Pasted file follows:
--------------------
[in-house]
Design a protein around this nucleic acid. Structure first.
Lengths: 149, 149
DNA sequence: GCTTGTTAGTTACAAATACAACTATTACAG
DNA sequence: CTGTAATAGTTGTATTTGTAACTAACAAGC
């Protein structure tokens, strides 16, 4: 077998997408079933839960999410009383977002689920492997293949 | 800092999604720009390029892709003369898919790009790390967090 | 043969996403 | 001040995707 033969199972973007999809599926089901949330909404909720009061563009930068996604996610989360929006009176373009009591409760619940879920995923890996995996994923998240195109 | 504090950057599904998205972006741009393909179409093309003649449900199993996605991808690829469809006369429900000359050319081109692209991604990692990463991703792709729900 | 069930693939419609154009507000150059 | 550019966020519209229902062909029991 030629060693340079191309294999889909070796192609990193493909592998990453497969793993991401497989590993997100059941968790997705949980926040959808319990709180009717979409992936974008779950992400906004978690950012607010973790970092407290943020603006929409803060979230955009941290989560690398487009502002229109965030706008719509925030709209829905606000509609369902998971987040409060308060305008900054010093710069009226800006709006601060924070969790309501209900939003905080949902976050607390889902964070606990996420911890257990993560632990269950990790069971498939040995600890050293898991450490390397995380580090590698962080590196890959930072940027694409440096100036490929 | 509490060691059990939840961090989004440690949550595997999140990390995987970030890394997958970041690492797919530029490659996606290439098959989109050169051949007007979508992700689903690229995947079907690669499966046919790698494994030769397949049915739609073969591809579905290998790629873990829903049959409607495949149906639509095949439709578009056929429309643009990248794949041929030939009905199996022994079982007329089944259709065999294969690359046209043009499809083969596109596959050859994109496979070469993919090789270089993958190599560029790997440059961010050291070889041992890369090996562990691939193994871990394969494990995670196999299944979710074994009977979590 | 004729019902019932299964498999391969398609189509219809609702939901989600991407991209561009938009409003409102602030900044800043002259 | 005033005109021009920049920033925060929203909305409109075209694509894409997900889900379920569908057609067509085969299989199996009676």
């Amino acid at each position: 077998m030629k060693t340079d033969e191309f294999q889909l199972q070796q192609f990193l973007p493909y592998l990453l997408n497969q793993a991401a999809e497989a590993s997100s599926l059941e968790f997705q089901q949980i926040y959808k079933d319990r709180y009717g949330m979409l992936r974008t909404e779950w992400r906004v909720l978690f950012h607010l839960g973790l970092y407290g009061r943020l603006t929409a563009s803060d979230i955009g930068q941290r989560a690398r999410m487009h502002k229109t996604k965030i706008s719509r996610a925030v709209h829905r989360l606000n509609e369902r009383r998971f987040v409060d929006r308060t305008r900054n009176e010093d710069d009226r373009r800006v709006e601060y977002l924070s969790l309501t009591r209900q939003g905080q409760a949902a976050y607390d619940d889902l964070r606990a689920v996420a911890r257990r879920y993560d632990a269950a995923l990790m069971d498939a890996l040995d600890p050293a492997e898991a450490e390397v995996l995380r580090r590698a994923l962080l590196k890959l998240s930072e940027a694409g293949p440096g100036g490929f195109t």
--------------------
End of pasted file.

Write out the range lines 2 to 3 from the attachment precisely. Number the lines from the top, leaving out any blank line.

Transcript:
Design a protein around this nucleic acid. Structure first.
Lengths: 149, 149